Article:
3. She could learn using the school's camera first (they should have some old cameras).

4. D90 isn't in the professional range. It's high end entry level. Anything is suitable for a beginner.

5. I have used Canon 500D, Nikon D80 and Sony A330 before. I am pretty sure you would consider something around this range. I would say the Canon and the Sony are easier to use as compared to Nikon. Because they have some 'nicer' interface. And also, 500D has more 'novelties' which may appeal to your daughter.

6. Consider the several different brands like Nikon, Canon, Sony, Pentax etc etc.

7. I must stress once again, that you are a damn good father. I wanted the D90 so badly few months ago.... :cry:
 

justarius

Senior Member
Nov 9, 2003
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#7
Actually you may want to ask your daughter what brand of cameras her school club uses. Usually such clubs will have some bodies + lenses, and it's a good idea to go with the same system so that your daughter can use the same accessories and lenses.

The other clubsnappers have good recommendations on the beginner DSLRs from each major brand; wouldn't really go wrong with either of them ;)
 

#8
Since ur daughter joined the photography club, she must have some interest in photography in the 1st place. Money aside, based on my personal experience, D90 is a good choice. I started with D5000 but sold it off within 2 months. That shows how fast things grows when u have an interest in things. Get her the D90 for the following reasons:

1) D90 can use more wider range of lenses. Whoever tell u they will not need additional lens is bluffing themselves. D5000 or D3000 can only use the newer AFS lens and not the older AFD lenses.

2) Kids nowadays got peer pressure, please dun let them ended up feeling inferior (although not necessary superior) with a entry level.

3) Kids learn fast nowadays compared to our time. She will outgrow a entry level sooner than u expect. Then wat? Buy another one?

4) D90 weighs less than 100g more than D5000. My cousin-in-law (a lady) uses D90 with battery pack, SB800 Flash, 18-200mm lens also like that. When she is tired, she will put her hands down.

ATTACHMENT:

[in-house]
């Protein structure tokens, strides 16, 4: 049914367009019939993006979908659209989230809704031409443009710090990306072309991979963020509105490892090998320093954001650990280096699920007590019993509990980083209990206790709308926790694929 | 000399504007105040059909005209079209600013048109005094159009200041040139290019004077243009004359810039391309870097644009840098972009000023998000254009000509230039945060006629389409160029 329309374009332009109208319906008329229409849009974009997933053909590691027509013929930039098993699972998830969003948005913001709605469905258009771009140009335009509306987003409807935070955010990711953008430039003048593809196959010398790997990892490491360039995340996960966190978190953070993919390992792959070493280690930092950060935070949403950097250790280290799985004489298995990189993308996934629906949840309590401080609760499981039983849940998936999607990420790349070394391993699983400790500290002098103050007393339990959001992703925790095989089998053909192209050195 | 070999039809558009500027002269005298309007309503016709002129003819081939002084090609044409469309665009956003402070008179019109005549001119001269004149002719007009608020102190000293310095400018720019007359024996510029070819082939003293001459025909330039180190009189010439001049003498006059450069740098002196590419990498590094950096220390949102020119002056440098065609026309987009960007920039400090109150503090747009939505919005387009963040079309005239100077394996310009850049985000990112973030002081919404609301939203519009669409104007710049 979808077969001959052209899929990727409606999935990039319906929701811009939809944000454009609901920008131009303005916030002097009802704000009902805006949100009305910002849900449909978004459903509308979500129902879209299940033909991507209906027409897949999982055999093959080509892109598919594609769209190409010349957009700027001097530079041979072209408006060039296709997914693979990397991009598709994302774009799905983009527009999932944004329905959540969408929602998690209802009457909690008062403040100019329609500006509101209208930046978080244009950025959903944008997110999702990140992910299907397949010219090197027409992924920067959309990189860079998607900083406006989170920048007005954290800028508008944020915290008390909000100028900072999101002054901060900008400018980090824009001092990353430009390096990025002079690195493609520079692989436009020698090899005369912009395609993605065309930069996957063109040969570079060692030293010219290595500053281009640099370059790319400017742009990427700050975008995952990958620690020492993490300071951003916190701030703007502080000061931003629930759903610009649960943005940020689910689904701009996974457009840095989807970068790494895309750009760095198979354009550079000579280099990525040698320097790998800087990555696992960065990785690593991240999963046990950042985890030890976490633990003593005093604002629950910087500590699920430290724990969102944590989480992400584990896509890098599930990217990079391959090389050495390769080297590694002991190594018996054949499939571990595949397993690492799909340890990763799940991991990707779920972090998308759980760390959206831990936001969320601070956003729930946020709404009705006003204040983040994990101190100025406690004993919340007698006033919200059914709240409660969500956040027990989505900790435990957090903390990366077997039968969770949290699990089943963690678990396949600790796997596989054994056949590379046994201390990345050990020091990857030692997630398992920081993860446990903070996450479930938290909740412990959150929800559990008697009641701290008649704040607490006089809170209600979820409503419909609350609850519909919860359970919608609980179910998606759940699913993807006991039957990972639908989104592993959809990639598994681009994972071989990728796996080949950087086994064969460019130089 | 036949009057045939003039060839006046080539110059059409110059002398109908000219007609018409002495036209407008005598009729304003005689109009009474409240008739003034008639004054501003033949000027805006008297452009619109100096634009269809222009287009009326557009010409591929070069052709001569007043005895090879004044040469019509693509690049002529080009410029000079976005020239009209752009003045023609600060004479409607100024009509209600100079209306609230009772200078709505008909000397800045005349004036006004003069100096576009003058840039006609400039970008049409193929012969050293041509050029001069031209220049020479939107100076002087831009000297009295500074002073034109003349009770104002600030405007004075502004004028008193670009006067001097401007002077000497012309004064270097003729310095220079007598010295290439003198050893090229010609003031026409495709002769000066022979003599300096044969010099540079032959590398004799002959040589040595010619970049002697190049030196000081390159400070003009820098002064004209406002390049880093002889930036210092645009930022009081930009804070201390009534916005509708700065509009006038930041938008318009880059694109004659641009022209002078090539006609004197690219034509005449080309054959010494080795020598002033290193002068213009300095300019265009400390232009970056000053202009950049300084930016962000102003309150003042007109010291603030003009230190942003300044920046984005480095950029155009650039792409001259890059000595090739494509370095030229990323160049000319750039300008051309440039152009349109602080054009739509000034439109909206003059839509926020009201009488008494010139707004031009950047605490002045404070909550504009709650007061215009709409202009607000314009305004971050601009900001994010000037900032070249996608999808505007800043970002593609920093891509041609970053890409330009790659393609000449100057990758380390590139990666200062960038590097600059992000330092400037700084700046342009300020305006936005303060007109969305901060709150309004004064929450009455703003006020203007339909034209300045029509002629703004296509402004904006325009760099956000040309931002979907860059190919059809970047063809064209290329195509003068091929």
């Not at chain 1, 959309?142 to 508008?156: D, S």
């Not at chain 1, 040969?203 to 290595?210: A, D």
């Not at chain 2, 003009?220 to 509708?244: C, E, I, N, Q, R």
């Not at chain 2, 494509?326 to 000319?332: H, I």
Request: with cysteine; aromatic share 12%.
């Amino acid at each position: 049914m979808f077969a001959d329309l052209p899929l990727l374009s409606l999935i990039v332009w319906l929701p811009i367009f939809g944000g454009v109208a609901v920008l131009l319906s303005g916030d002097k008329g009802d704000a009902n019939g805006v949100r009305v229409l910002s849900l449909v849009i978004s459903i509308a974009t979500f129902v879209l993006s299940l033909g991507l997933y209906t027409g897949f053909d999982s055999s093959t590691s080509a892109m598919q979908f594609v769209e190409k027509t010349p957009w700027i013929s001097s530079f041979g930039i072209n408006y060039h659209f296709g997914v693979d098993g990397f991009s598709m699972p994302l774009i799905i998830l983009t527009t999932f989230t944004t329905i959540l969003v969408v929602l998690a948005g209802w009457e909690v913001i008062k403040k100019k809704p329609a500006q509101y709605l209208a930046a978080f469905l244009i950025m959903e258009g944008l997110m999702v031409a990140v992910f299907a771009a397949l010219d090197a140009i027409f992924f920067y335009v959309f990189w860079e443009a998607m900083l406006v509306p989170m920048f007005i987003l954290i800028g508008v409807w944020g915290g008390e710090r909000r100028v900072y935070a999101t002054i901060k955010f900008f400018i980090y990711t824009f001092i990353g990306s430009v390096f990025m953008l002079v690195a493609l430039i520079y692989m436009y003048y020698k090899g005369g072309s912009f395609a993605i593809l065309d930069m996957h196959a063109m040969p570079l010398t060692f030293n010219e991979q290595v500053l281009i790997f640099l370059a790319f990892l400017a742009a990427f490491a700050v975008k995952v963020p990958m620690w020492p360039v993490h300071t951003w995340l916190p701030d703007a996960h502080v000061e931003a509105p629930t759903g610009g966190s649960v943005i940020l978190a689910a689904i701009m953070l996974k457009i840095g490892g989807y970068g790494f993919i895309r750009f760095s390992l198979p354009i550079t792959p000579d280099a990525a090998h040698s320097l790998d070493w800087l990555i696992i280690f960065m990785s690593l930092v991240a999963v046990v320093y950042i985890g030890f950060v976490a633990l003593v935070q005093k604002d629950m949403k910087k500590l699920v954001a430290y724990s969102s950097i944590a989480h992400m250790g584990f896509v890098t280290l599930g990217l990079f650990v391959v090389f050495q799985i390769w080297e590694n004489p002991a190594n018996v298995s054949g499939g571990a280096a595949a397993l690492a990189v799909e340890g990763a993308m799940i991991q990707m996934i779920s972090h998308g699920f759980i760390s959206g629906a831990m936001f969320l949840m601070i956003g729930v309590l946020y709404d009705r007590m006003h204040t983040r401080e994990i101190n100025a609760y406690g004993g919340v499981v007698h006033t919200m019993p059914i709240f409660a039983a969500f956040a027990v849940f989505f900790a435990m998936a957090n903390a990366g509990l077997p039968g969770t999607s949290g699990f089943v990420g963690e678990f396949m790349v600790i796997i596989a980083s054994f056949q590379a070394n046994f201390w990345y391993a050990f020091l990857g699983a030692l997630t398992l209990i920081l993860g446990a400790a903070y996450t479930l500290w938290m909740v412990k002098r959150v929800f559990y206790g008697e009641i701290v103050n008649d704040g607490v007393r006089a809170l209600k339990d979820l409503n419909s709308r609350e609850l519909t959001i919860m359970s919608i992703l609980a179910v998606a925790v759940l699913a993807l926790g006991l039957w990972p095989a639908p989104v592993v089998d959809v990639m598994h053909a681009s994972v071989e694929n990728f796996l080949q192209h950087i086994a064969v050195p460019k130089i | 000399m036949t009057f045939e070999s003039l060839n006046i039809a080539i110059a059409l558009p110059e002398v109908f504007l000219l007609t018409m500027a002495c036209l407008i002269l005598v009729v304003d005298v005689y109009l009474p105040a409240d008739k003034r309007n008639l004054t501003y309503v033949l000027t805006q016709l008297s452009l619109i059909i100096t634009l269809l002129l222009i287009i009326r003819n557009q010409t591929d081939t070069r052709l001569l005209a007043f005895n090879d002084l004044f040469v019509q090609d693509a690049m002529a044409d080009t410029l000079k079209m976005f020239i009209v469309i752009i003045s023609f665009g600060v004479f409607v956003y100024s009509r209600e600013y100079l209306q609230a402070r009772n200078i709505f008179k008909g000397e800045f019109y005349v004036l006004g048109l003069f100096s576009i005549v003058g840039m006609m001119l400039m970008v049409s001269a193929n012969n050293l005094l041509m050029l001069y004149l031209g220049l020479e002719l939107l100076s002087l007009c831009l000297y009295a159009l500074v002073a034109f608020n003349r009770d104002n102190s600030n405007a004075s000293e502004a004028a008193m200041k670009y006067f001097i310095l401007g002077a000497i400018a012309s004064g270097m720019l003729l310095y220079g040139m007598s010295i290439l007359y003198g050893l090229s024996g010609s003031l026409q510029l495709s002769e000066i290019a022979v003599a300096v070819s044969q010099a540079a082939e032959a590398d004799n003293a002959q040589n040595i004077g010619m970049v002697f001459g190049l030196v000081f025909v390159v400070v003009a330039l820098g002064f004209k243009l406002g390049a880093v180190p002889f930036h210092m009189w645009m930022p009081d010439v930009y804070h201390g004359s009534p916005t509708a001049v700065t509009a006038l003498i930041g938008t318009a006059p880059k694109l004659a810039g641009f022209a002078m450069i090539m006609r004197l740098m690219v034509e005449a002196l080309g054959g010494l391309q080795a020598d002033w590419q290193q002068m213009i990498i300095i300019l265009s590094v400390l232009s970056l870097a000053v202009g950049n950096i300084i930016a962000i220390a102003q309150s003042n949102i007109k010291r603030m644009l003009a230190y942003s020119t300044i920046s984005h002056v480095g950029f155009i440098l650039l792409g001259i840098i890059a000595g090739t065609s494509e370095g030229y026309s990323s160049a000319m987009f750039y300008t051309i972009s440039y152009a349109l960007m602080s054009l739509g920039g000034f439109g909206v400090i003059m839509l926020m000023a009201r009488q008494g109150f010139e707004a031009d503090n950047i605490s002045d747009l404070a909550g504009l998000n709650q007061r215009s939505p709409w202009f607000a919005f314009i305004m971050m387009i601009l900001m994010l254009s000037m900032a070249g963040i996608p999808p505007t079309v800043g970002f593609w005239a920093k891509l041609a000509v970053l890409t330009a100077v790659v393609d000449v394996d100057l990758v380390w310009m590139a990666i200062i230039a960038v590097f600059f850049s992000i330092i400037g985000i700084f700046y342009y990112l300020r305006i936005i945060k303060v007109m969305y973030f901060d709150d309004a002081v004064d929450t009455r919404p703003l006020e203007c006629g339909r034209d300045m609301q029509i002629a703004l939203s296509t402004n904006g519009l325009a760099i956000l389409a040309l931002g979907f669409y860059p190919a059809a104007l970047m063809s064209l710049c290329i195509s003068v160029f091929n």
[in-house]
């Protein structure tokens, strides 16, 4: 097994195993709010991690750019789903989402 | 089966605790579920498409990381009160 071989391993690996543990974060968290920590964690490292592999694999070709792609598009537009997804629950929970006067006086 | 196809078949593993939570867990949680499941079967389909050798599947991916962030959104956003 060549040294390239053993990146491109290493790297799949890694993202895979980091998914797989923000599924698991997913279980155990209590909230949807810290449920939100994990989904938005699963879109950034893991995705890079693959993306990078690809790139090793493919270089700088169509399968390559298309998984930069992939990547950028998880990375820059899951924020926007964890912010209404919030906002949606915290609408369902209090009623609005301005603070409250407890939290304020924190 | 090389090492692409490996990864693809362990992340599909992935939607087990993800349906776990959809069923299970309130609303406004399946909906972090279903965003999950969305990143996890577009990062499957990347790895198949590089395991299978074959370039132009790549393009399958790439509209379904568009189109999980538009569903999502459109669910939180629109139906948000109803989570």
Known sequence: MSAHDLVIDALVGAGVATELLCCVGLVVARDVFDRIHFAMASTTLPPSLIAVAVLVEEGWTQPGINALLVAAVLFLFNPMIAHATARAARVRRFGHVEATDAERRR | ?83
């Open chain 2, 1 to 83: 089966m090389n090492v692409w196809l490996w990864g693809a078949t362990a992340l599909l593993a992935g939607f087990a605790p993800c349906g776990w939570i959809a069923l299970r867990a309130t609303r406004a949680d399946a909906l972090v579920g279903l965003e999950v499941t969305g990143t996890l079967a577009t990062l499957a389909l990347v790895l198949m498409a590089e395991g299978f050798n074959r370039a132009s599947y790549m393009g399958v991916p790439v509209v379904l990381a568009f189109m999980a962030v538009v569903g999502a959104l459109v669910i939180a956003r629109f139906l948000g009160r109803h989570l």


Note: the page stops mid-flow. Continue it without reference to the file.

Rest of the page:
5) D90 function is not difficult to use. You just need to read up the manual. Since she is in a photography CCA, I am sure her peers will guide her along, exchange pointers etc. Like I said, kids learn very fast. They can beat u in a new computer game using the same amount of time for u and them to learn it.

6) Technical details, I will spare it as I believe u would know D90 compared to D5000. Can go to kenrockwell's website to read the comparison also. D90 got bigger LCD compared to D5000 and higher resolution. Yes, this is very important! I have verified with my own experience.

7) Finally, which brand? True, there's Pentax, Sony, Canon, Nikon. You brand conscious? Your daughter brand conscious? She like Ken Watanabe and Anvril something, or she like the Black Horse? Ask her instead of choosing for her as she is the one that will be slugging it to run around.

8) In a nutshell, my advise is, since she is in a club, there's potential for her to grow and improve. Do not limit what she can do with a entry level but get her a decent set till she outgrow it. Unless u wanna spend money, then thats a different story. Its like buying a musical instrument. Dun go for cheap entry level if u can afford an intermediate one. The experience will be totally different. An intermediate musical instrument sounds way much better even for the worst player.

Happy shopping! :)

Disclaimer: All the above points are totally my personal view and all bros here can totally disagree with me. Please dun flame me. Thank you.
 

Apr 7, 2010
2,560
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Southern Enclave
#9
Hi all,
My 17yr old daughter just join her JC's photography club. She has just started learning about DSLR. She was advised to get a camera herself. And so, her dear daddy, who has always been using a compact digital camera, now has to source a DSLR for her.
Her seniors recommended her the Nikon D90.
Based on my few days of 'crash' research here, D90 is quite new professional range. Is it suitable for a beginner?
Can anyone recommend something more suitable for her ?
Thanks.
:confused: